The four-artist billing closed out their tour run and the summer concert season in true indie fashion.
Back in July, rock royalty Beck and Phoenix teamed up on the song “Odyssey,” their song-of-the-summer track that also served as the kickoff to their Summer Odyssey Tour. Joined by Weyes Blood and Sir Chloe, the four-artist billing crossed the country from Washington state more than a month ago all the way to Washington D.C., where their tour reached its conclusion on September 10. They ended it in style, with extravagant visuals, crowd participation, and sing-alongs that made you forget that not only the weekend was ending, but the summer too.
Sir Chloe kicked the evening off with reverb-soaked guitars and frenetic drumming, drawing from fuzzy ’90s rock and fast-paced 2000s post-punk. It was a raucous, exciting performance that drew equally from their latest album “I Am the Dog” and their breakout 2020 hit “Party Favors.”
Weyes Blood has a track record of stunning crowds already with a sold-out stop at 9:30 Club just this past February. Her transcendent voice, reminiscent of the Karen Carpenters and Joni Mitchells of the world, paired with the lush, ethereal sounds she and her band create, translated well to the outdoor amphitheater. The emotional, goosebump-inducing core of her set was “God Turn Me Into a Flower,” from 2022’s “And In The Darkness, Hearts Aglow” as dozens of video clips played around her — of love, heartbreak, laughter, rage and every emotion in-between — as she threw white roses into the crowd.
Phoenix loves a good LED backdrop as much as Beck does, and puts it to great use during their powerhouse set that showcased their 20+ years of earworms. They performed in front of grandiose backdrops that could easily be mistaken for a large-scale installation at the Louvre (where they actually recorded in early 2021). From “If I Ever Feel Better” on “United” in 2000, to “Lisztomania” from 2009’s “Wolfgang Amadeus Phoenix,” to “After Midnight,” from 2022’s “Alpha Zulu,” Phoenix left no stone unturned, performing songs from nearly all of their albums. Thomas Mars played the poised, consummate frontman, knowing when to break out on stage and when to let his bandmates shine in the spotlight (especially drummer Thomas Hedlund, who often played standing up instead of sitting on his stool). As is tradition for Phoenix shows, Mars took into the crowd to jump onto the railing in front of the lawn seats to thank fans for coming to the show, then crowd surfed in the pit as the band concluded with an instrumental version of “Identical.”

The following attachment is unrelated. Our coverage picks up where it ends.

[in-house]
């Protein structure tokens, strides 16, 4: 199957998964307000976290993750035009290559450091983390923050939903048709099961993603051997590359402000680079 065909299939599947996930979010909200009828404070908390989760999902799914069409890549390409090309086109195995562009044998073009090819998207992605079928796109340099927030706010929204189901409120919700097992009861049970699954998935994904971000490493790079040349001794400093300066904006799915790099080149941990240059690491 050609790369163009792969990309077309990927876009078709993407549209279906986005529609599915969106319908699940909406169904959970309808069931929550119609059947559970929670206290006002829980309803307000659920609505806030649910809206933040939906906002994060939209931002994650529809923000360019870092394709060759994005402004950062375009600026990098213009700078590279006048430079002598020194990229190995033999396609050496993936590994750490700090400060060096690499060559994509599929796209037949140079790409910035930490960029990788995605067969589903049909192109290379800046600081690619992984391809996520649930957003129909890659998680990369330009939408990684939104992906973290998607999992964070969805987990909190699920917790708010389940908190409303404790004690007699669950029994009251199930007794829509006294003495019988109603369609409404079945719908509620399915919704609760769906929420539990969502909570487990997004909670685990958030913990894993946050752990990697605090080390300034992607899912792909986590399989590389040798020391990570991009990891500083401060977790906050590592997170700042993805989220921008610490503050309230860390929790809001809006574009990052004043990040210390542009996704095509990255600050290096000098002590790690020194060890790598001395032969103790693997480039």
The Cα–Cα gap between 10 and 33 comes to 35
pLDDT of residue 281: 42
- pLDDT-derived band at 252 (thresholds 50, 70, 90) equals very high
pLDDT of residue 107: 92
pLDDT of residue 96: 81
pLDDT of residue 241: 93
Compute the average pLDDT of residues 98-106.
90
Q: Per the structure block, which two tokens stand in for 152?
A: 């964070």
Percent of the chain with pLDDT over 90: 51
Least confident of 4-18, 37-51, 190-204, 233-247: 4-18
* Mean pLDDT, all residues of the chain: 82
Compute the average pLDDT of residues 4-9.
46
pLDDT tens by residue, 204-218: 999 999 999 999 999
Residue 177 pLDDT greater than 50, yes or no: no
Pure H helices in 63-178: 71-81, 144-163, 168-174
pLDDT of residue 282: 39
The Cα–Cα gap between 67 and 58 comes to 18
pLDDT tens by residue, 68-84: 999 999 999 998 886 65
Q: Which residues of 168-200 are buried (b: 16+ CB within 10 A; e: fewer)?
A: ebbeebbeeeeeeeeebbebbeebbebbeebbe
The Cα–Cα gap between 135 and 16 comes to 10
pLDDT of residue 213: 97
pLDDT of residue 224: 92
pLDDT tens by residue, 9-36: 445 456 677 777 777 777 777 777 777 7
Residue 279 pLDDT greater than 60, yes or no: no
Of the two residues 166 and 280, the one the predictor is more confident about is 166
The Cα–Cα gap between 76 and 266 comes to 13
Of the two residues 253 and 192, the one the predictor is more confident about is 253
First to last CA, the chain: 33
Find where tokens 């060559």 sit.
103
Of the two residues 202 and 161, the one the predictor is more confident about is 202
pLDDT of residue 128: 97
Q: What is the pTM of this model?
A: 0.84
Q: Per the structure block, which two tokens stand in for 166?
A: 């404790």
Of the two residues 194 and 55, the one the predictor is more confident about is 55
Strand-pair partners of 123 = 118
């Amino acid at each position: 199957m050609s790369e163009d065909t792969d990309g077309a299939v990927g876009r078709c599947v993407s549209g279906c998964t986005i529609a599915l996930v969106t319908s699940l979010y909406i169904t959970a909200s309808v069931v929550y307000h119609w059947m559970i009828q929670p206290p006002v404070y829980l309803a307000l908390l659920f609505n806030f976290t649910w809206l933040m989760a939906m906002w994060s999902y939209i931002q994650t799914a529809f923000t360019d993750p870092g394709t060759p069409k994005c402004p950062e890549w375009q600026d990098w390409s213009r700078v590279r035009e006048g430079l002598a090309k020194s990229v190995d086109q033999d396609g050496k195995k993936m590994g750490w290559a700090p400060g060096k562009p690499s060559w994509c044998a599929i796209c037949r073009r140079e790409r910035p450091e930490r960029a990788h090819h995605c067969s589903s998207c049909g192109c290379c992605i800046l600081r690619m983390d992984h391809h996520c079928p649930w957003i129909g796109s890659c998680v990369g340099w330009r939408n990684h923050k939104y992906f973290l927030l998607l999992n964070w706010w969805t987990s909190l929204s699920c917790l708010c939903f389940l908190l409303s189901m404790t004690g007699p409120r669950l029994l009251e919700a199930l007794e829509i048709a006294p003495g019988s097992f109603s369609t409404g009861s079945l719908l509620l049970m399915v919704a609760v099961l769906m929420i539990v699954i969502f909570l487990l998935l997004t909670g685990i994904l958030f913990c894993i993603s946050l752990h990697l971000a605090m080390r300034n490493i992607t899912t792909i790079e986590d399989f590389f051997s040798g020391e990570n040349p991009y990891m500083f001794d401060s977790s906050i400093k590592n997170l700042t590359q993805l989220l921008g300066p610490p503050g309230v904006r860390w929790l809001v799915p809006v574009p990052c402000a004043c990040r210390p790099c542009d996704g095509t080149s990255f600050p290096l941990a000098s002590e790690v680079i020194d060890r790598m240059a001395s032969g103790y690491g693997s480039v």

Beck is a musical chameleon, switching musical styles since his very first album from hip-hop to folk to synth-pop multiple times in his 29 years of recording music. There’s only so much musical ground that can be covered in a live set, but performing songs from eight albums is as impressive as his charismatic presence and dance moves on stage. Surprisingly, the funky “Midnite Vultures” was the most heavily featured on this night, including “Mixed Bizness,” “Sexx Laws,” and the Prince-indebted “Debra.” Each song had an inventive backdrop to go with it, whether it was a modernist living room, a neon sign-filled street, or a junkyard of TVs catching on fire. Near the end of the set, Beck invited Phoenix and Weyes Blood to sing a slightly more upbeat version of “Lost Cause” and, of course, this summer’s “Odyssey.” The show (and because this was the last night, the tour) concluded with “Where It’s At,” where all of the artists and the road crew joined on stage for a big costume-filled dance party with massive balloons thrown into the crowd. A rousing ending for a tour filled with rousing artists.
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